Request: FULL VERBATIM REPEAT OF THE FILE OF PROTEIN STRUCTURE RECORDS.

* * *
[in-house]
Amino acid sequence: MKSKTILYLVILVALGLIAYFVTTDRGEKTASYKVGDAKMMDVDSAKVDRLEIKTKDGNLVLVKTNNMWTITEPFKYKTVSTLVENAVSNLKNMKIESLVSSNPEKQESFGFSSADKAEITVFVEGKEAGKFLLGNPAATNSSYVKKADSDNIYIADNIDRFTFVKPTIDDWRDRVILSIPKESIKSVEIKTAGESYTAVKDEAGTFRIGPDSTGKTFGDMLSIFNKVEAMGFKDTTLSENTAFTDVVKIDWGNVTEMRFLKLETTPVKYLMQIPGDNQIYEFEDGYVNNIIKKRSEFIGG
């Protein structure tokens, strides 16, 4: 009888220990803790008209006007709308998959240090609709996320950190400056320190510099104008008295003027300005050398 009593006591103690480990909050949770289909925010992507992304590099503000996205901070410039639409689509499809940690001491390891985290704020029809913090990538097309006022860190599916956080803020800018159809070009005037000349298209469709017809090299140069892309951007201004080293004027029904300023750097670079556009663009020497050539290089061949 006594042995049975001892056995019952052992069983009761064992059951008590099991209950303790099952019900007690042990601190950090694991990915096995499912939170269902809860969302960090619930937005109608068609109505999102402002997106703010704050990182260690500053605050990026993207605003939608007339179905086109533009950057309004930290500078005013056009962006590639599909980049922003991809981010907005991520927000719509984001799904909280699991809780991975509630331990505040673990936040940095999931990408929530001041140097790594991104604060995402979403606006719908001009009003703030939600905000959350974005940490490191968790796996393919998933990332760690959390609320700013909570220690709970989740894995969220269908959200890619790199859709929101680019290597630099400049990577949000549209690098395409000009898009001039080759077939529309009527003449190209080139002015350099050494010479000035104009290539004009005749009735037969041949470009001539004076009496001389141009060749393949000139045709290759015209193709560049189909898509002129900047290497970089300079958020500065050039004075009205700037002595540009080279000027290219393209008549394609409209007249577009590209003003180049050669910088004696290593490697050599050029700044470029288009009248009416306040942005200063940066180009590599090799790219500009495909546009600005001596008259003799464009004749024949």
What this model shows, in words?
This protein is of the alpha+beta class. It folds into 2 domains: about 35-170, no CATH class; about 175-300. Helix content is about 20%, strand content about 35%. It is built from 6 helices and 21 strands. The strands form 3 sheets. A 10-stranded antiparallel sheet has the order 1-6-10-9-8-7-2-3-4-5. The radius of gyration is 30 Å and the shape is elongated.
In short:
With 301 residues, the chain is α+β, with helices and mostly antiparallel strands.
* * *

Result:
[in-house]
Amino acid sequence: MKSKTILYLVILVALGLIAYFVTTDRGEKTASYKVGDAKMMDVDSAKVDRLEIKTKDGNLVLVKTNNMWTITEPFKYKTVSTLVENAVSNLKNMKIESLVSSNPEKQESFGFSSADKAEITVFVEGKEAGKFLLGNPAATNSSYVKKADSDNIYIADNIDRFTFVKPTIDDWRDRVILSIPKESIKSVEIKTAGESYTAVKDEAGTFRIGPDSTGKTFGDMLSIFNKVEAMGFKDTTLSENTAFTDVVKIDWGNVTEMRFLKLETTPVKYLMQIPGDNQIYEFEDGYVNNIIKKRSEFIGG
């Protein structure tokens, strides 16, 4: 009888220990803790008209006007709308998959240090609709996320950190400056320190510099104008008295003027300005050398 009593006591103690480990909050949770289909925010992507992304590099503000996205901070410039639409689509499809940690001491390891985290704020029809913090990538097309006022860190599916956080803020800018159809070009005037000349298209469709017809090299140069892309951007201004080293004027029904300023750097670079556009663009020497050539290089061949 006594042995049975001892056995019952052992069983009761064992059951008590099991209950303790099952019900007690042990601190950090694991990915096995499912939170269902809860969302960090619930937005109608068609109505999102402002997106703010704050990182260690500053605050990026993207605003939608007339179905086109533009950057309004930290500078005013056009962006590639599909980049922003991809981010907005991520927000719509984001799904909280699991809780991975509630331990505040673990936040940095999931990408929530001041140097790594991104604060995402979403606006719908001009009003703030939600905000959350974005940490490191968790796996393919998933990332760690959390609320700013909570220690709970989740894995969220269908959200890619790199859709929101680019290597630099400049990577949000549209690098395409000009898009001039080759077939529309009527003449190209080139002015350099050494010479000035104009290539004009005749009735037969041949470009001539004076009496001389141009060749393949000139045709290759015209193709560049189909898509002129900047290497970089300079958020500065050039004075009205700037002595540009080279000027290219393209008549394609409209007249577009590209003003180049050669910088004696290593490697050599050029700044470029288009009248009416306040942005200063940066180009590599090799790219500009495909546009600005001596008259003799464009004749024949």
What this model shows, in words?
This protein is of the alpha+beta class. It folds into 2 domains: about 35-170, no CATH class; about 175-300. Helix content is about 20%, strand content about 35%. It is built from 6 helices and 21 strands. The strands form 3 sheets. A 10-stranded antiparallel sheet has the order 1-6-10-9-8-7-2-3-4-5. The radius of gyration is 30 Å and the shape is elongated.
In short:
With 301 residues, the chain is α+β, with helices and mostly antiparallel strands.